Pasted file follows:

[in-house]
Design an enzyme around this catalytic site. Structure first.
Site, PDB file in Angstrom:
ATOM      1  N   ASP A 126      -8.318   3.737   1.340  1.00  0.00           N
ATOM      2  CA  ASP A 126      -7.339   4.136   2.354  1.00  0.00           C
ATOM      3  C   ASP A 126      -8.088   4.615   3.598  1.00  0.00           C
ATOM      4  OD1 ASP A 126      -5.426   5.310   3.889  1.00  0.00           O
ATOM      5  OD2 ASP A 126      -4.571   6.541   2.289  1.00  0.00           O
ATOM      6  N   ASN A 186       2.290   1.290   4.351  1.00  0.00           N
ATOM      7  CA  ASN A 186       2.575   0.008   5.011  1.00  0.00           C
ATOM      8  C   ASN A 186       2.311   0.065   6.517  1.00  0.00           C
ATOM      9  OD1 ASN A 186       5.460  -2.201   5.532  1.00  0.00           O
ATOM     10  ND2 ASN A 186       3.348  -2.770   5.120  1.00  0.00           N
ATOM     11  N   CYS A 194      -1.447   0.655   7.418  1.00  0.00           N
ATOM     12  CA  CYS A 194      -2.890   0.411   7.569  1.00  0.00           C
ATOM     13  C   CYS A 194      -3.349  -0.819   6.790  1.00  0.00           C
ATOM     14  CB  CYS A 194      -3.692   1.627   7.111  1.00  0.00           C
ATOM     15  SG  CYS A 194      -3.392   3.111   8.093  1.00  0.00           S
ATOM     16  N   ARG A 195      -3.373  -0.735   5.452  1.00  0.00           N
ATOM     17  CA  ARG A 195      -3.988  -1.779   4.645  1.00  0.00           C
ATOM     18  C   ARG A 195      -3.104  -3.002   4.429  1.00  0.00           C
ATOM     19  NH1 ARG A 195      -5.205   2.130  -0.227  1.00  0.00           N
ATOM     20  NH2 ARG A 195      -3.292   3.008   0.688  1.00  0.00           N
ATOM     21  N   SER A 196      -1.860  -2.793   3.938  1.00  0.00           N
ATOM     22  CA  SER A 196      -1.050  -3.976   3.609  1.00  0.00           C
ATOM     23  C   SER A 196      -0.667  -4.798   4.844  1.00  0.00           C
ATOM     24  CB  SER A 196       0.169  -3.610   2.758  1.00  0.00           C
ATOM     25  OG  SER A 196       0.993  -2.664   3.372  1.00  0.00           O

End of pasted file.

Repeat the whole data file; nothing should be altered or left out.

[in-house]
Design an enzyme around this catalytic site. Structure first.
Site, PDB file in Angstrom:
ATOM      1  N   ASP A 126      -8.318   3.737   1.340  1.00  0.00           N
ATOM      2  CA  ASP A 126      -7.339   4.136   2.354  1.00  0.00           C
ATOM      3  C   ASP A 126      -8.088   4.615   3.598  1.00  0.00           C
ATOM      4  OD1 ASP A 126      -5.426   5.310   3.889  1.00  0.00           O
ATOM      5  OD2 ASP A 126      -4.571   6.541   2.289  1.00  0.00           O
ATOM      6  N   ASN A 186       2.290   1.290   4.351  1.00  0.00           N
ATOM      7  CA  ASN A 186       2.575   0.008   5.011  1.00  0.00           C
ATOM      8  C   ASN A 186       2.311   0.065   6.517  1.00  0.00           C
ATOM      9  OD1 ASN A 186       5.460  -2.201   5.532  1.00  0.00           O
ATOM     10  ND2 ASN A 186       3.348  -2.770   5.120  1.00  0.00           N
ATOM     11  N   CYS A 194      -1.447   0.655   7.418  1.00  0.00           N
ATOM     12  CA  CYS A 194      -2.890   0.411   7.569  1.00  0.00           C
ATOM     13  C   CYS A 194      -3.349  -0.819   6.790  1.00  0.00           C
ATOM     14  CB  CYS A 194      -3.692   1.627   7.111  1.00  0.00           C
ATOM     15  SG  CYS A 194      -3.392   3.111   8.093  1.00  0.00           S
ATOM     16  N   ARG A 195      -3.373  -0.735   5.452  1.00  0.00           N
ATOM     17  CA  ARG A 195      -3.988  -1.779   4.645  1.00  0.00           C
ATOM     18  C   ARG A 195      -3.104  -3.002   4.429  1.00  0.00           C
ATOM     19  NH1 ARG A 195      -5.205   2.130  -0.227  1.00  0.00           N
ATOM     20  NH2 ARG A 195      -3.292   3.008   0.688  1.00  0.00           N
ATOM     21  N   SER A 196      -1.860  -2.793   3.938  1.00  0.00           N
ATOM     22  CA  SER A 196      -1.050  -3.976   3.609  1.00  0.00           C
ATOM     23  C   SER A 196      -0.667  -4.798   4.844  1.00  0.00           C
ATOM     24  CB  SER A 196       0.169  -3.610   2.758  1.00  0.00           C
ATOM     25  OG  SER A 196       0.993  -2.664   3.372  1.00  0.00           O